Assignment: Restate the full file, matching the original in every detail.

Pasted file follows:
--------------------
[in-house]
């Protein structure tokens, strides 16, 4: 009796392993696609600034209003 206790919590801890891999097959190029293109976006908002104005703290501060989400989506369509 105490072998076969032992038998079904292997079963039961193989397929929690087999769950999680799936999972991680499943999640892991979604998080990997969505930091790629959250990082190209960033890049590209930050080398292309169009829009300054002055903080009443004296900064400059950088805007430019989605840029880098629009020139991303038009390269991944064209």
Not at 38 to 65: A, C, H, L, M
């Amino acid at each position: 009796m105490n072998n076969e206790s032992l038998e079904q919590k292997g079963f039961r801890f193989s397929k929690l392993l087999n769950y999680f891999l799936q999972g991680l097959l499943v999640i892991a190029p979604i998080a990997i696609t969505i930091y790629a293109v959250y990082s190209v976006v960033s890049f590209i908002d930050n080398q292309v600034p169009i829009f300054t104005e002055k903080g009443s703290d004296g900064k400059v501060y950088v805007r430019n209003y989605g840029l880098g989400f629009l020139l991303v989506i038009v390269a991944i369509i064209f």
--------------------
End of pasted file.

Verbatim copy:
[in-house]
């Protein structure tokens, strides 16, 4: 009796392993696609600034209003 206790919590801890891999097959190029293109976006908002104005703290501060989400989506369509 105490072998076969032992038998079904292997079963039961193989397929929690087999769950999680799936999972991680499943999640892991979604998080990997969505930091790629959250990082190209960033890049590209930050080398292309169009829009300054002055903080009443004296900064400059950088805007430019989605840029880098629009020139991303038009390269991944064209």
Not at 38 to 65: A, C, H, L, M
């Amino acid at each position: 009796m105490n072998n076969e206790s032992l038998e079904q919590k292997g079963f039961r801890f193989s397929k929690l392993l087999n769950y999680f891999l799936q999972g991680l097959l499943v999640i892991a190029p979604i998080a990997i696609t969505i930091y790629a293109v959250y990082s190209v976006v960033s890049f590209i908002d930050n080398q292309v600034p169009i829009f300054t104005e002055k903080g009443s703290d004296g900064k400059v501060y950088v805007r430019n209003y989605g840029l880098g989400f629009l020139l991303v989506i038009v390269a991944i369509i064209f």